Lebanon Physician Suspended
Vt. Board: Doctor Did Not Properly Document Treatments
Lebanon — A Lebanon physician who treats people with opiate addictions has been disciplined by Vermont’s Board of Medical Practice for unprofessional conduct and will not be allowed to have his license reinstated until he completes an ethics course.
Dr. Michael Schorsch, whose practice is next to City Hall on North Park Street, failed to properly document his treatment of nine patients receiving buprenorphine, a drug used to alleviate withdrawal symptoms for people trying to quit heroin and other opioids, according to the board’s May 1 decision.
In his defense, Schorsch alluded to his practice as being in “a war zone” and disagreed with medical experts who advocated strict adherence to certain state standards of medical care. Schorsch told the board’s investigator that he does “verbal contracts” with patients, did “not ‘believe in’ pill counts” and “is ‘not a fan of’ urine drug screens” as a part of buprenorphine treatment.
“I believe that this stuff should be available just like condoms, just like reading glasses,” Schorsch told the board.
Schorsch did not perform comprehensive physical exams of patients, administer urine drug tests or get written treatment agreements from them, violating state standards of care, according to the board. He also did not keep a federally-mandated inventory of the buprenorphine stored at his office, the board said.
The Lebanon physician, who has been licensed in Vermont since 1982, allowed his Vermont medical license to expire last November, according to state records. If he wants to reinstate it, he will have to complete an ethics program. After that, he would have a conditional license.
New Hampshire’s medical board also investigated Schorsch for the same issues, but allowed him to keep his license, which expires in 2015.
Attempts to reach Schorsch were unsuccessful. A phone message left at his office was not returned and no one answered his office door, which was locked yesterday afternoon.
The Vermont board began investigating Schorsch in September 2010 after receiving a complaint from one of his former patients, whom he had stopped treating four months prior. According to the board’s investigation, Schorsch ended treatment because he did not “feel (the patient) is ready to work to recovery.”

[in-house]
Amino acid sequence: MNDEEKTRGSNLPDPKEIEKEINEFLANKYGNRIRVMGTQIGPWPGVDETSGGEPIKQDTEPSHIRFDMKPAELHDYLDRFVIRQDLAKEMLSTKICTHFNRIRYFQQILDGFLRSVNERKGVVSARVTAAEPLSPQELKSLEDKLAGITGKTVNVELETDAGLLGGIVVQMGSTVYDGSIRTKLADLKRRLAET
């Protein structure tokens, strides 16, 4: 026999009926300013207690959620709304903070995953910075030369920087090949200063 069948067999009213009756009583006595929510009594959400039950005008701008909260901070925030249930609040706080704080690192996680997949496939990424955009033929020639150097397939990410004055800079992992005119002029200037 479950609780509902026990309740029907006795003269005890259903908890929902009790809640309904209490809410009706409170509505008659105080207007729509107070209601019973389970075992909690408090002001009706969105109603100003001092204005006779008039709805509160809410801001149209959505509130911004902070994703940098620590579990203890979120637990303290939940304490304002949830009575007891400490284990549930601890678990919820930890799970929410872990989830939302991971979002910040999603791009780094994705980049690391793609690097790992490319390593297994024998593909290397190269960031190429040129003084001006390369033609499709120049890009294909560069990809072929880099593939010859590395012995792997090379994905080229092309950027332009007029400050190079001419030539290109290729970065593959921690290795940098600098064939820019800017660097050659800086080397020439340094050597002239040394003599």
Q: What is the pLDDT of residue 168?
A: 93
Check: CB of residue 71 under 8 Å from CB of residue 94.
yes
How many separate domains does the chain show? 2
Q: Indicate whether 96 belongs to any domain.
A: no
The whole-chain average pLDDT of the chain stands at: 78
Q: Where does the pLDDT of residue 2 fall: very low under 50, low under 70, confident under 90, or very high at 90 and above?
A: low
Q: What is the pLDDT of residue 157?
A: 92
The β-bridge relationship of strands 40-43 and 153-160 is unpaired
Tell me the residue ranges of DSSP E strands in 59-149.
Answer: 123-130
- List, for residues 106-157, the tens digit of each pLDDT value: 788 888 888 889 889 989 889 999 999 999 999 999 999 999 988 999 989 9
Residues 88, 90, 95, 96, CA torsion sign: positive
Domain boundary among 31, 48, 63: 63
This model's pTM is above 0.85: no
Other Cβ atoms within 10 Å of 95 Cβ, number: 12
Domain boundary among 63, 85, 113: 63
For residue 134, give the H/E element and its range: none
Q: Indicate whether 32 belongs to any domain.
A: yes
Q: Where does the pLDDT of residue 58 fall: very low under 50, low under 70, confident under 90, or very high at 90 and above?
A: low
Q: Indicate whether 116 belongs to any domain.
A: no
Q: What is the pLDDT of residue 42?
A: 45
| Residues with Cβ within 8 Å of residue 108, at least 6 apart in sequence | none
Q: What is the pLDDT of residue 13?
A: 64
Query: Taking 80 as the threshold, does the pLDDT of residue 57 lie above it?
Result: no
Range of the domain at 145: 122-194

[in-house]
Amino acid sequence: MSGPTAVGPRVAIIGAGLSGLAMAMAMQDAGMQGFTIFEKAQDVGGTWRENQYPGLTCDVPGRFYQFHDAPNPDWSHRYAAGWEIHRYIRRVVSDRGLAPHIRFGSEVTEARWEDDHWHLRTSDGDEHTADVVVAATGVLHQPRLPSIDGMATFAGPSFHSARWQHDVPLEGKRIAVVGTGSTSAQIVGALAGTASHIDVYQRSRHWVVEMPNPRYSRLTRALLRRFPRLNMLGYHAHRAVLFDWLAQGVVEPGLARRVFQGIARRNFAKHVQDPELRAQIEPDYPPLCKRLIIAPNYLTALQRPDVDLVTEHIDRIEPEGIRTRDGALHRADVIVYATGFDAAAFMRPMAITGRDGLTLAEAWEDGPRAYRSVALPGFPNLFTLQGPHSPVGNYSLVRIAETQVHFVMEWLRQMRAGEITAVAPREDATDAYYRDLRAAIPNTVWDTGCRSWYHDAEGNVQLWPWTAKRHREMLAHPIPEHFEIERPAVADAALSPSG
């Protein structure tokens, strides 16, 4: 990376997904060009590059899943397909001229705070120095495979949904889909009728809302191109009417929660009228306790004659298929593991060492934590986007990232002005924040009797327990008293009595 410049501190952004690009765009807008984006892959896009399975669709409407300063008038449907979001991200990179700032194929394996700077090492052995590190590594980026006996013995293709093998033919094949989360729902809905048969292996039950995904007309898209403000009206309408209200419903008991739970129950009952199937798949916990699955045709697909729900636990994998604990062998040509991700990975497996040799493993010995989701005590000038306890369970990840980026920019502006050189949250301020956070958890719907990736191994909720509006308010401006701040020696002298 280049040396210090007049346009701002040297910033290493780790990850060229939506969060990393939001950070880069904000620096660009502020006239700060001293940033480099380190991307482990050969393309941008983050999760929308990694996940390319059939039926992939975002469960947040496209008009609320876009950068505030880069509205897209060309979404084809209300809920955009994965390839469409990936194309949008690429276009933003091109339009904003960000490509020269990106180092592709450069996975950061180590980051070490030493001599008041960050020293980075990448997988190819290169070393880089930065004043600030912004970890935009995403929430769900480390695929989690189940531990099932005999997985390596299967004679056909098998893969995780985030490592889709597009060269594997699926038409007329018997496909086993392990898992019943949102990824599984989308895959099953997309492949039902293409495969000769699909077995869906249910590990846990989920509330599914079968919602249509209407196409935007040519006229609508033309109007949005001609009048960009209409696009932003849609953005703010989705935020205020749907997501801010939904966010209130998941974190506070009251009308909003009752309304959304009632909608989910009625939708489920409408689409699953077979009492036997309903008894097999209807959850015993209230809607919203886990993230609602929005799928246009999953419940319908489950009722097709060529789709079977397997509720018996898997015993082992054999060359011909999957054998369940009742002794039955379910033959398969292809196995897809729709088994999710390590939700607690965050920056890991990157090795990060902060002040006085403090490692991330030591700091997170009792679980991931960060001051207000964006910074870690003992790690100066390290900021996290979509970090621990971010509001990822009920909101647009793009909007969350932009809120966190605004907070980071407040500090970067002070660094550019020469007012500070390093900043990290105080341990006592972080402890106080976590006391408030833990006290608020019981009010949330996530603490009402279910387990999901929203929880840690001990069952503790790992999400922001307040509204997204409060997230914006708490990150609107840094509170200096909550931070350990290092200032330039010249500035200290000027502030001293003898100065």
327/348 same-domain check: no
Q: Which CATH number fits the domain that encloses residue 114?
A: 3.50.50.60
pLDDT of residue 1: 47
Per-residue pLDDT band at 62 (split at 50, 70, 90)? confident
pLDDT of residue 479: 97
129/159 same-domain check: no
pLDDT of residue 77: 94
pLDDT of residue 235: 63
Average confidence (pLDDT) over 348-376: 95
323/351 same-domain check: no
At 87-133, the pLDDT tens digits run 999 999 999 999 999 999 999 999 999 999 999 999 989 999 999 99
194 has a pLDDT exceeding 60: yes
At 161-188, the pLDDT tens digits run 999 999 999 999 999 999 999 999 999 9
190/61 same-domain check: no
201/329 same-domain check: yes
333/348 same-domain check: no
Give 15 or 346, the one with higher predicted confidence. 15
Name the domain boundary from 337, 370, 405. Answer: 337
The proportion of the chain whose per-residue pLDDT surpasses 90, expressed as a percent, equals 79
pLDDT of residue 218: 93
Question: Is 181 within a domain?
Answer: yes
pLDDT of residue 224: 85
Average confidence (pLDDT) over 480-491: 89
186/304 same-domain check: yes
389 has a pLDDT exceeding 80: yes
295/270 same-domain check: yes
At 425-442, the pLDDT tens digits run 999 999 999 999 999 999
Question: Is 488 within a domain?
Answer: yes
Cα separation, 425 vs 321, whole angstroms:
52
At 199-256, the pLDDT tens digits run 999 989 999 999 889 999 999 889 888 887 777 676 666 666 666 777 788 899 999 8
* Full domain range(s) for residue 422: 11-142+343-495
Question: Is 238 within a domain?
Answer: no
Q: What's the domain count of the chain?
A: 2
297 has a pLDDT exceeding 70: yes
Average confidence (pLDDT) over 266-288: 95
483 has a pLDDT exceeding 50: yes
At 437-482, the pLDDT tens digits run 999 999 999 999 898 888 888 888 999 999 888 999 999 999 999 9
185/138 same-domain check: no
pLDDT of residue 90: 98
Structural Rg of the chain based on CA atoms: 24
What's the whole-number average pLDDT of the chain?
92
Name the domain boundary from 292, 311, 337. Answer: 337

Schorsch, who represented himself during a January hearing on the charges, said that he used to followed state guidelines for treating patients with buprenorphine. However, eventually “it became ‘impossible’ for him to continue record keeping” in that manner when his practice tripled in size in recent years, going from 30 patients to 80 or 90.
He admitted that there were deficiencies in his “charting,” but disagreed with “any implication that it has in any way compromised or undermined his ability to care for these patients,” the board decision said.
Schorsch objected to the strict adherence to the practices advocated by the state’s expert, Dr. John Brooklyn, medical director of the University of Vermont Substance Abuse Treatment Center in Burlington. Schorsch believed Brooklyn’s approach would restrict access to buprenorphine for the people who need it.
“The idea that this medication is — needs to be prescribed by people, let alone with a special license, as though this was some rocket science, OK, we’re fundamentally different on this feeling,” Schorsch said.
Schorsch also said that he practices “much more in a war zone than Dr. Brooklyn does,” according to the board’s decision.
He objected to any requirement to take a “refresher course” and ended his testimony by saying, “So if it turns out that I am judged harshly for what I am unwilling to do rather than judged appreciatively for what I have been able to do, then that’s where we will have to leave things.”
The New Hampshire Board of Medicine launched its own investigation in 2011 after learning of the misconduct allegations from the Vermont Board of Medicine. The New Hampshire board found “technical violations,” but allowed Schorsch to keep his license because he “demonstrated a commitment to curing these defects,” according to the Dec. 15, 2011 decision.
Schorsch graduated from the Albert Einstein College of Medicine at Yeshiva University in 1979. He later did his medical residency at Dartmouth-Hitchcock Medical Center in 1982 and has been licensed to practice in New Hampshire since 1983, according to state records.
Chris Fleisher can be reached at 603-727-3229 or firstname.lastname@example.org.